TABLE NO. 4. - Exhibition the total population of the State by the census of 1860; total population of the districts assessed by war-tax assessors 1861, and the total population of districts not assessed.
Total population, white, free, colored, and shave in
State of Virginia by census of 1860. . . . . . . . . . . . . . . . . 1,595,814
Total in districts assessed for war tax, 1861. . . . . . . . 1,201,331
Total in districts unassessed for war tax, 1861. . . . . . 394,438
H. T. GARNETT,
Chief Collector C. S. War Tax for Virginia.
[JANUARY 10, 1863. -For Shorter to Davis, in relation to affairs in Alabama, see Series I, VOL. XV, p. 939.]
[JANUARY 10, 1863. - For Lee to Seddon, representing the absolute necessity of increasing the Confederate armies, &c., see Series I, VOL. XXI, p. 1085.]
[JANUARY 10, 1863. - For Seddon to Pettus, in relation to conscripts in Mississippi State organizations, see Series I, VOL. LII, Part II, p. 405.]
CONFEDERATE STATES OF AMERICA, WAR DEPARTMENT, Richmond, Va., January 10, 1863.
Colonel D. J. GODWIN,
SIR: I have just received yours of the 7th instant. Your course so far appears judicious, and is approved. You will do well to let the company proposed to be raised by Mr. Clopton be constituted, whether of conscripts or others, as soon as possible. Also, let Captain Littleton's commanded be filled up, and I have authorized the Rev. Mr. Allen (formerly a preacher in Gloucester County), who has a half-formed company in Caroline, to complete, if he can, his company out of conscripts or others in Mathews or Gloucester. I regard your position and the course to be pursued by you as rather exceptional, and have so instructed the Conscript Bureau, established since you left, with General Rains at its head, through which, however, you will report, and receive hereafter any instructions. The conscripts in Gloucester and Mathews, and perhaps in several other neighboring counties of the Northern Neck, are not strictly within the enemy's lines, yet so subject to their control or interference as to render the regular enforcement of the conscript law in relation to them almost impossible. I therefore authorize you to engage them in service or get them out to our camps of instruction in the readiest and most efficient way practicable. As soon as you have organized any company or companies you will employ them to aid in enrolling and sending out all others liable to conscription, and at the same time to repress turbulence or disorder among the slaves or others, and to intimidate and restrain the depredations of the enemy.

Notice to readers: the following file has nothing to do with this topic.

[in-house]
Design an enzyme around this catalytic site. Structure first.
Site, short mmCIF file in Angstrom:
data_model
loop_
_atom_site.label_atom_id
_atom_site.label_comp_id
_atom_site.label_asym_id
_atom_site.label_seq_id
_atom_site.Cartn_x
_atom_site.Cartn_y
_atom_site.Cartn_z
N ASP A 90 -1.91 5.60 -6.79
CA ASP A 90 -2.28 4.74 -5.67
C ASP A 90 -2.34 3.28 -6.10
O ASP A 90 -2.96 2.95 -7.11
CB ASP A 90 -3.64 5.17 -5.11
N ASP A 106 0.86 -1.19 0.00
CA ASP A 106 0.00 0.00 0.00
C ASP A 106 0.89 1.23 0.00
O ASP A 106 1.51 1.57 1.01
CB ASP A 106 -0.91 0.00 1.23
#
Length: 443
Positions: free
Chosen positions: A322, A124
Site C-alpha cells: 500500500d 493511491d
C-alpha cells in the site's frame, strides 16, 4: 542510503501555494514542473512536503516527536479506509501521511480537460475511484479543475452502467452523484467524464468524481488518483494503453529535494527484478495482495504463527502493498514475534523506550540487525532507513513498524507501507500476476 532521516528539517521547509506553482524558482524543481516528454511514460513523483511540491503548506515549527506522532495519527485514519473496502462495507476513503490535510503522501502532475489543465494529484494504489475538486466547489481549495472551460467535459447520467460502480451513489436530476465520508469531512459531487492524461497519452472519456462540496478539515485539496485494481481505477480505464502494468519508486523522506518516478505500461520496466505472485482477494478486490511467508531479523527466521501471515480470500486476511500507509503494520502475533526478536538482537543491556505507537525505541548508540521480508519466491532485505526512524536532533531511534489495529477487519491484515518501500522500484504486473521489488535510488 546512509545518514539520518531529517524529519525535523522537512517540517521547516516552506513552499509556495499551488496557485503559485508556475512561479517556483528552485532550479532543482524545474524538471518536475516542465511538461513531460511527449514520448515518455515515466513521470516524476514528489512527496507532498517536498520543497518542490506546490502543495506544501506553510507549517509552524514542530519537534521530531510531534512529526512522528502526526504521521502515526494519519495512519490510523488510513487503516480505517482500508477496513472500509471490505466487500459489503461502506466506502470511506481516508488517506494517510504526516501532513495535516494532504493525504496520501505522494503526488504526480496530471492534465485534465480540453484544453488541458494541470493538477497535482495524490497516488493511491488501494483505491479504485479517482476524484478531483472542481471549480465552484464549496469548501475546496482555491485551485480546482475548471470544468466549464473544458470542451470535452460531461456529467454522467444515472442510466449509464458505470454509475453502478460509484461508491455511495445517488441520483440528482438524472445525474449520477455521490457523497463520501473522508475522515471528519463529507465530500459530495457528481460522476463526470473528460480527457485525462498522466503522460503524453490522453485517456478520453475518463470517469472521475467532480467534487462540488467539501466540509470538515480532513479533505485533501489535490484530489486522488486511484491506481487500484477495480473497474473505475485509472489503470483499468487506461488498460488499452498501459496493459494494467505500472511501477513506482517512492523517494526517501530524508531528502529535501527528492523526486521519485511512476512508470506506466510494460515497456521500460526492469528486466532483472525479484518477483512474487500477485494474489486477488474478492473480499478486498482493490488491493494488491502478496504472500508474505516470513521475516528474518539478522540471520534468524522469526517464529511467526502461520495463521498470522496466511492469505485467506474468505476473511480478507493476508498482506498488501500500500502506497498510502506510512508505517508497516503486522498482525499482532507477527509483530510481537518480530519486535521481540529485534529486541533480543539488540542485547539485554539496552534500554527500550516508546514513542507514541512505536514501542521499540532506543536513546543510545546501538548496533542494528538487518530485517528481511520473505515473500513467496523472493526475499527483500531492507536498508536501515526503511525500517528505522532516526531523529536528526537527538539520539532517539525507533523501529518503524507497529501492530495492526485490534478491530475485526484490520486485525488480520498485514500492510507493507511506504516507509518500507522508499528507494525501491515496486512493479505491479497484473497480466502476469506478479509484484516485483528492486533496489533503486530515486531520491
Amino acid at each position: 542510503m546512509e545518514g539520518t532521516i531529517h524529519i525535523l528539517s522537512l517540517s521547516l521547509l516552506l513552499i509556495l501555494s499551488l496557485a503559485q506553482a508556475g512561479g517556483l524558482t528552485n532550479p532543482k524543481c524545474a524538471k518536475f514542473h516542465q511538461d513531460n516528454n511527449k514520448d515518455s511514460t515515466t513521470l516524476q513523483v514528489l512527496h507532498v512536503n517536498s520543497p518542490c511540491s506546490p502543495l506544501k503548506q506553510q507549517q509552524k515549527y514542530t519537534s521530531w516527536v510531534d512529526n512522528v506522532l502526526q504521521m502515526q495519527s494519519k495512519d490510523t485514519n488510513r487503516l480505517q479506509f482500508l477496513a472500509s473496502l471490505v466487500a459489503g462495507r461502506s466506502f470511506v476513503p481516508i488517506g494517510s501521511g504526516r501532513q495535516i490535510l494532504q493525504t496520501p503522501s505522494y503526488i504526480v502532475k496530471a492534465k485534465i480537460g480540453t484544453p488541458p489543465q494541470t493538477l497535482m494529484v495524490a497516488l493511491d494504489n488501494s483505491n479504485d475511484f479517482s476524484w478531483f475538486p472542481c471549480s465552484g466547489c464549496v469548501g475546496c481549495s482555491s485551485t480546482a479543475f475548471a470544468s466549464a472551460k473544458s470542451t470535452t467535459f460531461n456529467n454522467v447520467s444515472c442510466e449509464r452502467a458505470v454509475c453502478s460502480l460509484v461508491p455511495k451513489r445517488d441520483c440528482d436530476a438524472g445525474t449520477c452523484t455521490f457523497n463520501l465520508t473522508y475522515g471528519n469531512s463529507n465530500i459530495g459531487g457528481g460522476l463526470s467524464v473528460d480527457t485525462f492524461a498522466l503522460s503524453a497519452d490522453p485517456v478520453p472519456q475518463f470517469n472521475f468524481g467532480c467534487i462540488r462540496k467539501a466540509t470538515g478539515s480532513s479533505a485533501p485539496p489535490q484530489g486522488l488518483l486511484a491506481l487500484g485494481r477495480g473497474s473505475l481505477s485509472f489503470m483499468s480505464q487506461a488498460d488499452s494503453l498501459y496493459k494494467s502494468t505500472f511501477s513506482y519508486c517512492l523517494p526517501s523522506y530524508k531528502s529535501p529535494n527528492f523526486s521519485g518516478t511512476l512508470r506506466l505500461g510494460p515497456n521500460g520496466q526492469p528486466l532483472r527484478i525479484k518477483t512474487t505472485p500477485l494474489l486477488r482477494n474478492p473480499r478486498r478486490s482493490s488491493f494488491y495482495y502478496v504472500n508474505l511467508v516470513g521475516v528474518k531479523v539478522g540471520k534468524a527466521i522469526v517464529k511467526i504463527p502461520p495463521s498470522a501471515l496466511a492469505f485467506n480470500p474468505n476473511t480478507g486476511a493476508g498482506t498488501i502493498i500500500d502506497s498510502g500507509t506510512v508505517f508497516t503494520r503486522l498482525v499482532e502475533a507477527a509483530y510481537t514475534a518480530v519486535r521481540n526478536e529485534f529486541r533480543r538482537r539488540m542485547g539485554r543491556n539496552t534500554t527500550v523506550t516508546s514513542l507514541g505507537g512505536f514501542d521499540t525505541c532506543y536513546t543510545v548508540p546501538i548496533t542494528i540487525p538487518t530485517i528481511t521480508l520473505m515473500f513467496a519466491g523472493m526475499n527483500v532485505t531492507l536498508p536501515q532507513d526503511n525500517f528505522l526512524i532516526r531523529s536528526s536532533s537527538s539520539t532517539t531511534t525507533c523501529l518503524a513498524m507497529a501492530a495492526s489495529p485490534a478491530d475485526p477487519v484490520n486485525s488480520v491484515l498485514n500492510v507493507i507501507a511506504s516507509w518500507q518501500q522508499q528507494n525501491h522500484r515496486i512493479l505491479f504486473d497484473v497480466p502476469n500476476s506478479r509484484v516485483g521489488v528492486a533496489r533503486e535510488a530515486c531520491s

Your action in regard to the blockade-runners involves delicate discretion, and must be regulated by your best judgement. All trade with the enemy is demoralizing and illegal, and should, of course, be discountenanced, but at the same time, situated as the people to a